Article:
Data was generated by administrating a structured questionnaire, via participatory rural appraisal (PRA) tools and from secondary sources. The household survey used a set of structured questionnaires which was a slightly modified version of those designed for livestock breed survey in Oromiya Regional State (Workneh and Rowland 2004). A pretested questionnaire was administered to randomly selected household head. The PRA tools employed include focus group discussions (FGD) and key informants.Group discussion was held with a focal-group, consisting of 8 – 10 members, established at each production system.

Methods of Data Analysis

Data collected through questionnaire were analyzed by descriptive statistics using Statistical Package for Social Sciences (SPSS 16.0 for windows release 16.0 2010). Chi - square test was employed when required to assess the statistically significant variation between/among variables at 5% probability level. Indexes were calculated for all rankings data according to a formula:  Index = sum of (3 for rank 1 + 2 for rank 2 + 1 for rank 3) given for an individual reason (attribute) divided by the sum of (3 for rank 1 + 2 for rank 2 + 1 for rank 3) for overall reasons.

Result and discussion

Participatory definition of trait preferences

Goat flock owners were asked to choose their first, second and third best male and female goat among the flocks and then to mention the reasons for their preferences. Subsequently, only the first three reasons from the first, second and thirdly chosen animal were used for ranking. This participatory definition of trait was used since it allow respondents to mention as many reason as possible for their preferences without being limited to predetermined lists.

Milk yield was the first and highly valued traits in both production systems (Table 1). Since milk is the principal and continually recurring ingredient of the diet in the area, there is no doubt that does with high milk yield would be the first choice regardless of weakness in other traits. Drought tolerance, fertility and adaptive traits were also frequently mentioned to define the best female in both production systems.

Drought tolerancewas referred as the ability of doe to survive and produce during dry seasons providing milk for their children when most of the female fail to do so.Adaptive traits commonly stated to define the best female were diseases tolerance,ability to walk long distance, foraging ability/feeding competency and mothering care. In pastoral production where flock size matter most to minimize risk, the locale also attached strong preferences of doe for fertility. This survey result was in agreement with Workneh (1992) who stated pastorals and agropastorals more preferences toward milk yield, adaptability and drought resistance features of goats.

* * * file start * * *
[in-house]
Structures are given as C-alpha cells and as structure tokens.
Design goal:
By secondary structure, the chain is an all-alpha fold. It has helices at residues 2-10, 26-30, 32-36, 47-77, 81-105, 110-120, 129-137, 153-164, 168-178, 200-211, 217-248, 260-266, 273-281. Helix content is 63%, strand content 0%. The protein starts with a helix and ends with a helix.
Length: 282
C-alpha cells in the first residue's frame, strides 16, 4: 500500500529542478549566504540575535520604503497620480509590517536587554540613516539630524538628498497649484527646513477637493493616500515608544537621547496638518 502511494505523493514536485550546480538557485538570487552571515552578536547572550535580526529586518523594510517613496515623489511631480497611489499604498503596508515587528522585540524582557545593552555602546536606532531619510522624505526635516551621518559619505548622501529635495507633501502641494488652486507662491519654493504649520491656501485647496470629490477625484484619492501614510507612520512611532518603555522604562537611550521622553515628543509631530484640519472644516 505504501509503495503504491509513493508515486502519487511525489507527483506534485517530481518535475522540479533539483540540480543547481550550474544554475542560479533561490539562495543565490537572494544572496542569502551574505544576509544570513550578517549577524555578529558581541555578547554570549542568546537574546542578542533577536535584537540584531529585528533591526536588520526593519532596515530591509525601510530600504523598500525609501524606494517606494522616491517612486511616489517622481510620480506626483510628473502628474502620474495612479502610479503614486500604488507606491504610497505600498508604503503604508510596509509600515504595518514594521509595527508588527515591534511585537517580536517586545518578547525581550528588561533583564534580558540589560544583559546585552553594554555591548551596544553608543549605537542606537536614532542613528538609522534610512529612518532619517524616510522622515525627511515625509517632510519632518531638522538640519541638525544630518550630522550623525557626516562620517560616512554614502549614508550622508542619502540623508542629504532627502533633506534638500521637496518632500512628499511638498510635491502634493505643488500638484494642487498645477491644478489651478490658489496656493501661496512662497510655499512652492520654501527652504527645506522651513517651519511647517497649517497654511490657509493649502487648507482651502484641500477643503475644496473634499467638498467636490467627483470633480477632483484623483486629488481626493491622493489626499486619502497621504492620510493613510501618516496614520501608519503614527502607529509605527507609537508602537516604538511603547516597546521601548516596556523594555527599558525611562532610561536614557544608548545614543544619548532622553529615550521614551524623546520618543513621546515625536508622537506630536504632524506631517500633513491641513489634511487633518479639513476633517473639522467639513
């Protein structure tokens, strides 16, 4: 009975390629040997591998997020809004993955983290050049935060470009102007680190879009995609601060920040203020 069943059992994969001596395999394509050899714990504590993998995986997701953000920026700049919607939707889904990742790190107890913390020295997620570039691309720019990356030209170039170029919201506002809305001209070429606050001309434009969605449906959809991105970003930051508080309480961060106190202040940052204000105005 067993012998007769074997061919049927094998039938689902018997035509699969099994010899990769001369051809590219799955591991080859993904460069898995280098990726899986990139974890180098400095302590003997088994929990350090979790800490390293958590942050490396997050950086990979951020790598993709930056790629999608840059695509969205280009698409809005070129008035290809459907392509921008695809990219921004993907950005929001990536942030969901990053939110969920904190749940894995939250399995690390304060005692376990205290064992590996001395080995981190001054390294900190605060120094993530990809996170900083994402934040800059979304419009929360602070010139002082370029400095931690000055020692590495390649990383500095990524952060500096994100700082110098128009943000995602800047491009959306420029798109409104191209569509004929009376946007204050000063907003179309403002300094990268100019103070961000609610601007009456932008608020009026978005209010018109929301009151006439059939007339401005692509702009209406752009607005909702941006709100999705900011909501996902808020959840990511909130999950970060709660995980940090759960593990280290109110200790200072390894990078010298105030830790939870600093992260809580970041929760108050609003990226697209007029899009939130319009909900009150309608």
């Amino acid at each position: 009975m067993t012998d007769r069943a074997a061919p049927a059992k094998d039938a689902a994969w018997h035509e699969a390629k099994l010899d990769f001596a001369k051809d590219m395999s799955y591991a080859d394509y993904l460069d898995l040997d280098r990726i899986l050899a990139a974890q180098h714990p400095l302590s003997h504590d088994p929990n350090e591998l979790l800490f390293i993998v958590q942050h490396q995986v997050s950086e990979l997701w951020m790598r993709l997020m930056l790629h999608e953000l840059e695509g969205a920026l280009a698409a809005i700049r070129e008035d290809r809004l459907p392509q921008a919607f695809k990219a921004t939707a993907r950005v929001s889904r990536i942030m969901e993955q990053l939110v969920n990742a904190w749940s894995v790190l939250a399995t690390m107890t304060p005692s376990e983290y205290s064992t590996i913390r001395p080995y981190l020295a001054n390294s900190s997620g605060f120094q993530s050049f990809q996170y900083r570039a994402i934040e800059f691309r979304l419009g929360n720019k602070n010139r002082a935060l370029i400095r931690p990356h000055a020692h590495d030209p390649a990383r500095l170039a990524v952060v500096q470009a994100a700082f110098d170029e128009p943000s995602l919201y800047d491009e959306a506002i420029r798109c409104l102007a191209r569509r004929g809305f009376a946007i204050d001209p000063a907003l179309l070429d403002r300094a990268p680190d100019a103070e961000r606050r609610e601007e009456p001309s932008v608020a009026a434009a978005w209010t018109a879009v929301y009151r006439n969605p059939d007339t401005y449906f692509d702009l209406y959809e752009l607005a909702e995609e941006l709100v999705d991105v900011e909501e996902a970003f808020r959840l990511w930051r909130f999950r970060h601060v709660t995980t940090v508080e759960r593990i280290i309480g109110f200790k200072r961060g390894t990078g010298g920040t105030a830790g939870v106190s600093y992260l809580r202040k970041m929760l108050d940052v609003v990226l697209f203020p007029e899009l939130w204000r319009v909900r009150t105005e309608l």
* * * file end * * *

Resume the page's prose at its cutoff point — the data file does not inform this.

Table 1. List of trait preference of households and their corresponding rating for does
Traits Pastoral Agropastoral
R1 R2 R3 Index R1 R2 R3 Index
Milk yield 42.0 25.9 12.3 0.317 53.7 29.3 9.8 0.382
Fertility 8.6 18.5 12.3 0.126 7.3 9.8 7.3 0.081
Offspring quality 6.2 9.9 7.4 0.076 4.9 9.8 12.2 0.077
Drought tolerance 14.8 13.6 16.0 0.146 9.8 19.5 17.1 0.142
Adaptive* 7.4 9.9 18.5 0.101 4.9 12.2 17.1 0.093
Body size and conformation 4.9 4.9 9.9 0.058 7.3 2.4 2.4 0.049
Color 3.7 3.7 6.2 0.041 4.9 2.4 14.6 0.057
Twining rate 7.4 8.6 3.7 0.072 7.3 2.4 7.3 0.057
Family history - - - - - - - -
Behavioral** 0.0 1.2 4.9 0.012 - - - -
Kidding interval 2.5 2.5 6.2 0.031 - 7.3 7.3 0.037
Longevity 2.5 1.2 2.5 0.021 - 4.9 2.4 0.02
R1, R2 and R3 = Rank 1, 2 and 3 respectively. Index = sum of (3 for rank 1 + 2 for rank 2 + 1 for rank 3) given for an individual attribute divided by the sum of (3 for rank 1 + 2 for rank 2 + 1 for rank 3) for overall attributes.
*Adaptive traits like diseases & heat tolerance, ability to walk long distance, foraging ability, mothering care
** Behavioral traits like flock leading, turning to the owner as he/she calls its name, docility

Photo 1. An individual household’s preferred female (left) and male (right) goat

Unlike doe, the best buck was primarily rated based on the physical appearance. Males with big body size and good conformation (tall, up right standing, strait back profile etc) was viewed as best buck in both production systems followed by a beautiful color (patchy or spotted –photo 2) in agropastoral and behavior in pastoral system (Table2). A higher preference for body size was also reported for Kenya pastoral (Kosgey 2004). Behavioral traits received higher preference in pastoral communities, since it is more important than color where there exist large number of flock and constant mobility. While, color is more important to attract good price than behavior for agropastoral.

Table 2. List of trait preference of households and their corresponding rating for buck
Traits Pastorala Agropastorala
R1 R2 R3 Index R1 R2 R3 Index
Body size and conformation 40.2 32.9 11.0 0.329 42.9 39.3 3.6 0.351
Offspring quality 8.5 4.9 14.6 0.083 7.1 7.1 - 0.06
Behavioral 17.1 22.0 20.7 0.193 17.9 10.7 28.6 0.173
Kid sex 7.3 4.9 4.9 0.061 3.6 - 7.1 0.03
Color 9.8 18.3 28.0 0.157 25.0 35.7 32.1 0.298
Growth rate 1.2 2.4 3.7 0.02 - - - -
Drought tolerance - 1.2 1.2 0.006 - - - -
Walking style - - 2.4 0.004 - - - -
Libido/strength 12.2 9.8 9.8 0.11 - 3.6 10.7 0.03
Twining rate 2.4 - - 0.012 - - - -
Horn length 1.2 2.4 2.4 0.018 - 3.6 17.9 0.042
Dam milk yield - 1.2 1.2 0.006 3.6 - - 0.018
R1, R2 and R3 = rank 1, 2 and respectively. Index = sum of (3 for rank 1 + 2 for rank 2 + 1 for rank 3) given for an individual reason (attribute) divided by the sum of (3 for rank 1 + 2 for rank 2 + 1 for rank 3) for overall reasons.
*Behavioral traits like flock leading, paternal care/standing at night as guard, not mixing with other flock, docility

In pastoral production system especially with large flock size, behavior of goat like flock leading is associated with a character to exploit seasonal variations in feed resources and maximize “feeding competence” with other flock. Similar phenomenon was indicated in Niger (Krätli, 2008). Other behavior like a goat standing in the flock during the night as guard or alert to predator (while other goats asleep) was also indicated as important character especially when predators are a great challenge. Nari herders’ in India are well know developing Nari cows, which have special behavior of defending their calves from leopards by forming a circle around the young animals (Köhler-Rollefson and LIFE Network, 2007).